What is it?

If you have asthma and are pregnant, your asthma control can change. Some women have an increase in symptoms. Keeping good asthma control is vital. Poorly-controlled asthma during pregnancy could increase the chance of problems.

Regular asthma check-ups, following your GP’s advice, and being prepared in the event of a flare-up will help you to stay well during your pregnancy.


What will my GP do now?

Your GP will talk to you about how to control your asthma. You will learn how your asthma control may change while you are pregnant.

Many asthma medications are safe for pregnant women, and your GP will give you information about this, too.

Your GP will also:

  • Check you are on the most suitable medication
  • Talk to you about vaccinations
  • Give you a written asthma action plan
  • Help you to quit smoking if necessary
  • Explain what you need to do if your asthma gets worse


What will my GP do in the future?

Your GP will continue to see you for regular asthma check-ups, every 4-6 weeks.

If your asthma is poorly controlled, your GP may refer you to a specialist. If you have any questions about your asthma at any time, you can always see your GP between check-ups.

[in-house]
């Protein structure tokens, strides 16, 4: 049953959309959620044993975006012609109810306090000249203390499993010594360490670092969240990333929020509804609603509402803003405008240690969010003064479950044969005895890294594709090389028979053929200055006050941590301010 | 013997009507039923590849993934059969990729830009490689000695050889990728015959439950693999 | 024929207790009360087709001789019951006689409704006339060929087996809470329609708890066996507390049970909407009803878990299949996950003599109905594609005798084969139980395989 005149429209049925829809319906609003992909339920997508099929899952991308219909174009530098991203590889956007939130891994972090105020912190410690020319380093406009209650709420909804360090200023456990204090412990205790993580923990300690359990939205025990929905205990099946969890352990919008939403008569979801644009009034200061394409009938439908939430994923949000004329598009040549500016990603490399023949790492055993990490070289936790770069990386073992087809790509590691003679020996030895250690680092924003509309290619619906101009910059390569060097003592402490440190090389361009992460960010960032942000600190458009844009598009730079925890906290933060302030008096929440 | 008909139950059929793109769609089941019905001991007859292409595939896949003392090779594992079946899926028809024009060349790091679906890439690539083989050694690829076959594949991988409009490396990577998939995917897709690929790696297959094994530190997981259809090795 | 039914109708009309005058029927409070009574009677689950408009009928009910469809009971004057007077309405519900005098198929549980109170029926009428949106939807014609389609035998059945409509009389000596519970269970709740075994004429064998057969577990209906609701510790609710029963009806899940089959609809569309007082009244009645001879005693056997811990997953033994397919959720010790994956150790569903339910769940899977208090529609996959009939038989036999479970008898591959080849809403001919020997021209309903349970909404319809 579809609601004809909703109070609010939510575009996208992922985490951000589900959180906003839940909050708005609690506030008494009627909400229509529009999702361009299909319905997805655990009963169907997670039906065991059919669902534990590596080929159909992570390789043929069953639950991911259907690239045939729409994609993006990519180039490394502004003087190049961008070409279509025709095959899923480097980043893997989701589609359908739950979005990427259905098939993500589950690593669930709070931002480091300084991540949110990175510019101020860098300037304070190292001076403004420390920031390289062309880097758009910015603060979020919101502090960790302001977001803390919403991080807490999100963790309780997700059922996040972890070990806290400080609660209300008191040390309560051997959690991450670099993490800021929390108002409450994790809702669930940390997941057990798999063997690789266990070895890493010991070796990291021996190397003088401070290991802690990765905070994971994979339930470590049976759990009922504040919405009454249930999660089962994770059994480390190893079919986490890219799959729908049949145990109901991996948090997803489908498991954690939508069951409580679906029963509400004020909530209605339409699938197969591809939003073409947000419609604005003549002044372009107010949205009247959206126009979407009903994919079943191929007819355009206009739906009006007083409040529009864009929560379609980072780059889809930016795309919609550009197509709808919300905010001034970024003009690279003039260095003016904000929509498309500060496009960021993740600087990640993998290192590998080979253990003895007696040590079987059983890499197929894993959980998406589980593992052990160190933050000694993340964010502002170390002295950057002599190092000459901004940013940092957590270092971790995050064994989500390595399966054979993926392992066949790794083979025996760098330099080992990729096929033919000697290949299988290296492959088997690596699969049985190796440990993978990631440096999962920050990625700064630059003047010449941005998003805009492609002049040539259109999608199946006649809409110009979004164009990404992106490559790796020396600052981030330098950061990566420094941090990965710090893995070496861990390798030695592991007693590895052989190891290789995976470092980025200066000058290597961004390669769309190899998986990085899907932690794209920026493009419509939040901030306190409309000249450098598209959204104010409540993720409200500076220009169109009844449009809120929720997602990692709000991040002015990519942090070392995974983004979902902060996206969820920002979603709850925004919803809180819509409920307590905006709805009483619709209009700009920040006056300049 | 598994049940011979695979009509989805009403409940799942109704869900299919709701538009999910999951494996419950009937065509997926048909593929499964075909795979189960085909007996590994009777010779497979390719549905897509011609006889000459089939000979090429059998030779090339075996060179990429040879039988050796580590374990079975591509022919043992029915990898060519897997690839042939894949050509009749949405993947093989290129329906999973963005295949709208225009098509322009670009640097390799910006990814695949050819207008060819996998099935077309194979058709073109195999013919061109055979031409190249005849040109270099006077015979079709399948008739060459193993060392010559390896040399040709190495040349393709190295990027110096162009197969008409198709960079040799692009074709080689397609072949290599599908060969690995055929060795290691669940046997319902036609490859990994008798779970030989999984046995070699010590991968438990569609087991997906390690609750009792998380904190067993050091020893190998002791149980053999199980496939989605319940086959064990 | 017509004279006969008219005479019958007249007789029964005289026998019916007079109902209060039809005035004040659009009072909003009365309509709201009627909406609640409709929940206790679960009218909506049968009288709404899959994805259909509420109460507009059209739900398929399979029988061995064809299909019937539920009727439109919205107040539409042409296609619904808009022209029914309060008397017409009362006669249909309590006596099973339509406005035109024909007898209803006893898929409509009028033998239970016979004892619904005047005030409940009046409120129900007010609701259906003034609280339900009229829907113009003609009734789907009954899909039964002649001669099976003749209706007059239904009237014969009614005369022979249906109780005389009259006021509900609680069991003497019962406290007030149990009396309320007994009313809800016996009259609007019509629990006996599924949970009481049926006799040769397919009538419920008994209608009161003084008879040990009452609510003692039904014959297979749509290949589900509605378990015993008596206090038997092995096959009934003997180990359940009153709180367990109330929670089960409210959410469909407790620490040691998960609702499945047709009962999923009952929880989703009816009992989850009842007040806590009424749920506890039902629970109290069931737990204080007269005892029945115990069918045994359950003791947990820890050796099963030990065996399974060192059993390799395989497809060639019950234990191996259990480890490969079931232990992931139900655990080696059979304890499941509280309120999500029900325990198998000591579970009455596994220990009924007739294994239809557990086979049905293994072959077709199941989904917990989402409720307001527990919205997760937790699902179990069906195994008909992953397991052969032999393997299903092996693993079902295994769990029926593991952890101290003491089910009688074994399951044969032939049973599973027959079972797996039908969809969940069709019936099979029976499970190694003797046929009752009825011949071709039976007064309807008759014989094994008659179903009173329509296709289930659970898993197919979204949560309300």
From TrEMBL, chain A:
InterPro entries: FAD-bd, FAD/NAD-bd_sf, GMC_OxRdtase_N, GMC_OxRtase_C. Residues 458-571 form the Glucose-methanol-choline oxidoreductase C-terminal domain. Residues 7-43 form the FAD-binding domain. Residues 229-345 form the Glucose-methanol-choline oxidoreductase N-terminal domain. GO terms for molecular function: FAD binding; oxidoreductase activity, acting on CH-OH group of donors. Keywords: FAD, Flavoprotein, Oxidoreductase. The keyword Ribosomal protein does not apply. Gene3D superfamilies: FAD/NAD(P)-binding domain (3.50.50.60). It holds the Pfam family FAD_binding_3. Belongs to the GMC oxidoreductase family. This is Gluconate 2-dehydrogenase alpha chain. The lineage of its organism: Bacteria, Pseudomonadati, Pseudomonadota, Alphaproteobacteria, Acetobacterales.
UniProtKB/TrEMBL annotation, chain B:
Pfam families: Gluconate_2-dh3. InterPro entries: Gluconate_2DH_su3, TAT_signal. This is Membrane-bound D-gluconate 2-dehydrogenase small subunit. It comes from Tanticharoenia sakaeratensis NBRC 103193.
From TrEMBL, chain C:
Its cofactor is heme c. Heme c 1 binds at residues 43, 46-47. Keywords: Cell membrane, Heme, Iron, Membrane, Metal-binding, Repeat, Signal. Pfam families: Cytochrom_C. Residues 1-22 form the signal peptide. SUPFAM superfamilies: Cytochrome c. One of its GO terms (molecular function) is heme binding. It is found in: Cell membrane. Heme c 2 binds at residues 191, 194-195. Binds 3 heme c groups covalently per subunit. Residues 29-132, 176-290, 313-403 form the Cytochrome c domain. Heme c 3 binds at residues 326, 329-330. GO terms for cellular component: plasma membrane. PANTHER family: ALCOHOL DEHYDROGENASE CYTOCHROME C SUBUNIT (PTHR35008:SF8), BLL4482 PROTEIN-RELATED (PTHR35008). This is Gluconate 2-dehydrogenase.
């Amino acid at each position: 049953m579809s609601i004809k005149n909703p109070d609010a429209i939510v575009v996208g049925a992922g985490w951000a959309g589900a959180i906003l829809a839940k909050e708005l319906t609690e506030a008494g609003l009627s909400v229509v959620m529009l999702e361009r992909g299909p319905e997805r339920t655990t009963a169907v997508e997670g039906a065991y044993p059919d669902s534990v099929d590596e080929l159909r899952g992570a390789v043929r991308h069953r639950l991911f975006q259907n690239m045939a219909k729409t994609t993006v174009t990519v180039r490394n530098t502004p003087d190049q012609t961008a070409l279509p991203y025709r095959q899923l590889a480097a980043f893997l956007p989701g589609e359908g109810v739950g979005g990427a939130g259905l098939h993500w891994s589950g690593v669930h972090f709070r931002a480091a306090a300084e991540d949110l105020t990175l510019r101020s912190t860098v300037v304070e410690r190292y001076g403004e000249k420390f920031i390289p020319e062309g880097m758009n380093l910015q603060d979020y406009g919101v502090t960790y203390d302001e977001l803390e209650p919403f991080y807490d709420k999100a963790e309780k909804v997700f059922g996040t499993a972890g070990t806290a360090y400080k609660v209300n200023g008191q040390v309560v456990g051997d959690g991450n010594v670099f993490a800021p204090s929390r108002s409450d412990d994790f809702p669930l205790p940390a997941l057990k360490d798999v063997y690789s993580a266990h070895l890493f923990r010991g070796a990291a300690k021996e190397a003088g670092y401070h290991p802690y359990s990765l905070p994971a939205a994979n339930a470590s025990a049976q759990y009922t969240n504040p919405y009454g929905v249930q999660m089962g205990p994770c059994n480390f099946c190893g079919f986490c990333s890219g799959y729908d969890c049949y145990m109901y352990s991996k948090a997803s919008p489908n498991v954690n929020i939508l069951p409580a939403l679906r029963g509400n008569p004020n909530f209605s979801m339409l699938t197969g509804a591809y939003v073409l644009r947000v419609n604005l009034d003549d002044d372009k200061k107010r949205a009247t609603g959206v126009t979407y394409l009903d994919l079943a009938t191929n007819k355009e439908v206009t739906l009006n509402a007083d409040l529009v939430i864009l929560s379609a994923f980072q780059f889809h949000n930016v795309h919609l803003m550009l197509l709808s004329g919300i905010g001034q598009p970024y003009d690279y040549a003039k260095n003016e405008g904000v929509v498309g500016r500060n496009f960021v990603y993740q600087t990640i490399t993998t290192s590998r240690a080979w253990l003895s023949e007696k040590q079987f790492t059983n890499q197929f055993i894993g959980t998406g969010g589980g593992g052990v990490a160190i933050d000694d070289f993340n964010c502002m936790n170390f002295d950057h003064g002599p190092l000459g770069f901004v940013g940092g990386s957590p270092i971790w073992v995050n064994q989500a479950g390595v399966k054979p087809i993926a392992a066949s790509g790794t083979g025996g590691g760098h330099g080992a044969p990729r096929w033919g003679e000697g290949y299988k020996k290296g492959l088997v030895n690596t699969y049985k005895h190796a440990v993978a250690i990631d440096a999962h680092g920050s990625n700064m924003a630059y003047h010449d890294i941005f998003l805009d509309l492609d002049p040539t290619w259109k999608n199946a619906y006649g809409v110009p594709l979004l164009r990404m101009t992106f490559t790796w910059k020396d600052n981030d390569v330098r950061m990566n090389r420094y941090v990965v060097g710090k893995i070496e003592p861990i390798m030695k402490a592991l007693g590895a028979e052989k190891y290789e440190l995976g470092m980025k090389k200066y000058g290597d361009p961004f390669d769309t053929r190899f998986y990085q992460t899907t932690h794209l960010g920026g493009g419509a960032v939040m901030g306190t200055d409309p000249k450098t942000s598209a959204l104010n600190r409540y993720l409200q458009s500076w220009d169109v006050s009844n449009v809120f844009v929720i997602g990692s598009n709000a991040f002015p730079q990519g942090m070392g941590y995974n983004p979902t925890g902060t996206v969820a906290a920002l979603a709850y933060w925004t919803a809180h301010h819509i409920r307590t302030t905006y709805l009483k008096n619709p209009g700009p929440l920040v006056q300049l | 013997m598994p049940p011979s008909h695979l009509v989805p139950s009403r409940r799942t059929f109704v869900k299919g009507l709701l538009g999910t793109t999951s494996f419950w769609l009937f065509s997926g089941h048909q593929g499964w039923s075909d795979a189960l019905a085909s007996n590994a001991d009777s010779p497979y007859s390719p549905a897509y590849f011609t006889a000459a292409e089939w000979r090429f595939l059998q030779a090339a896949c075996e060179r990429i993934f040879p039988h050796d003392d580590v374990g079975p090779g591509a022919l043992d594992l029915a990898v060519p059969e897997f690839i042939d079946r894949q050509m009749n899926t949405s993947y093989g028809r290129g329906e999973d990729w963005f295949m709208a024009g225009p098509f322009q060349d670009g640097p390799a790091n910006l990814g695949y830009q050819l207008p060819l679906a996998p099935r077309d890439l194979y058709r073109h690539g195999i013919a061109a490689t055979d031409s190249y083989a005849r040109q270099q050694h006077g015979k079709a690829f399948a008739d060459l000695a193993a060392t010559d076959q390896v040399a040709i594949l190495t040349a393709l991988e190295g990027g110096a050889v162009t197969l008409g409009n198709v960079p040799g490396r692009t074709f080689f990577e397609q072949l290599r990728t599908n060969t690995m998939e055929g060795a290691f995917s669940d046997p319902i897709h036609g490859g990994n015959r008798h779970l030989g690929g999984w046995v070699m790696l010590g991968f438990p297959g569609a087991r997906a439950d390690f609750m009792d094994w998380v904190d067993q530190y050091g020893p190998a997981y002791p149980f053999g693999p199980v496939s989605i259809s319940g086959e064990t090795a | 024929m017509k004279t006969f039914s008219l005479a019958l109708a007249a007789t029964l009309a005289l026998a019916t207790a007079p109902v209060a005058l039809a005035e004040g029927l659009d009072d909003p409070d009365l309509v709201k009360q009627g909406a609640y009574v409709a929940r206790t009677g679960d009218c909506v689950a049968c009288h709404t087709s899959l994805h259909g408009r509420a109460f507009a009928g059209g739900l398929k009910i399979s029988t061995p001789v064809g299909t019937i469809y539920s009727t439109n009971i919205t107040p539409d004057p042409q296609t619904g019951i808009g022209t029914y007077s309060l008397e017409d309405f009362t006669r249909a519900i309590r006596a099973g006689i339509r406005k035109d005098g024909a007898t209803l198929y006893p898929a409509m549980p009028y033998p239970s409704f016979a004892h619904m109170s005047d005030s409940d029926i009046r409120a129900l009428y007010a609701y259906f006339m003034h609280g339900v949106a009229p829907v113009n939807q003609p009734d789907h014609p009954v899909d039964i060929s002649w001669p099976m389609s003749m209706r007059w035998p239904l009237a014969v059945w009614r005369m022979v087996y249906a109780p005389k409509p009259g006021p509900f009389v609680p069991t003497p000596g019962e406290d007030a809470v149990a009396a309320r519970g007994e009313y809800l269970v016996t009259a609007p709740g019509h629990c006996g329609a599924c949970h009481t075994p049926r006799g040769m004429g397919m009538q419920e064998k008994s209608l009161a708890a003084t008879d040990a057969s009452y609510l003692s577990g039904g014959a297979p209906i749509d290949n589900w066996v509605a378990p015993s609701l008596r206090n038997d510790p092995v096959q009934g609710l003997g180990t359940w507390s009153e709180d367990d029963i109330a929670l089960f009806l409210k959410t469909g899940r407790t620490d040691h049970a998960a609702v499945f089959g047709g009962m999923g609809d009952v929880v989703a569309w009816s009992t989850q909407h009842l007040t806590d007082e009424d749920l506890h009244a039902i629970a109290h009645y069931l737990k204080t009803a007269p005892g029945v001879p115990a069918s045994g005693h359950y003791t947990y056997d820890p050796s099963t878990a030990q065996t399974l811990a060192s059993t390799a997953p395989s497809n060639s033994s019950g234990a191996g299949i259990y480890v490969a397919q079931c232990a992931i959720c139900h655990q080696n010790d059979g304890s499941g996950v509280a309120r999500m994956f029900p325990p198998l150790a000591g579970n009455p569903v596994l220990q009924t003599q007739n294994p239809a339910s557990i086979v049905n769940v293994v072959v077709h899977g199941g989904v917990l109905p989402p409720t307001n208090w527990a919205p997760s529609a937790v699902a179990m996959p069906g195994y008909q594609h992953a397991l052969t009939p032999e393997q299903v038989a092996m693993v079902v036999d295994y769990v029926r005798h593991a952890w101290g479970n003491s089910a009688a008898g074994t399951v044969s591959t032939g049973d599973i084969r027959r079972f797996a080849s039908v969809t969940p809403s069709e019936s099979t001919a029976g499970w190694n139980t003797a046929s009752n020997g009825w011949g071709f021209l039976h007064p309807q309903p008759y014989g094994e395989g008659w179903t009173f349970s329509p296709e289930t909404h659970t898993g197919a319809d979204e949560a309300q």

What can I do?

Continue to take your asthma medications, and tell your GP about any changes in your symptoms. Remember to see your GP every 4-6 weeks for asthma check-ups.

There are many steps you can take to help control your asthma. Avoid any allergens and remove any irritants such as air fresheners and cleaning products. Be aware of the external factors that can make your asthma worse. Stay away from smokers, and avoid homes that are cold and damp. If you have allergies, avoid your allergens.

If you smoke, now is the time to quit. Being a non-smoker supports a healthy pregnancy and baby. Start now by phoning the Quitline on 13 78 48.

Take care of your overall health and wellbeing by eating a healthy diet, getting enough light exercise, drinking plenty of water, and sleeping for eight hours every night.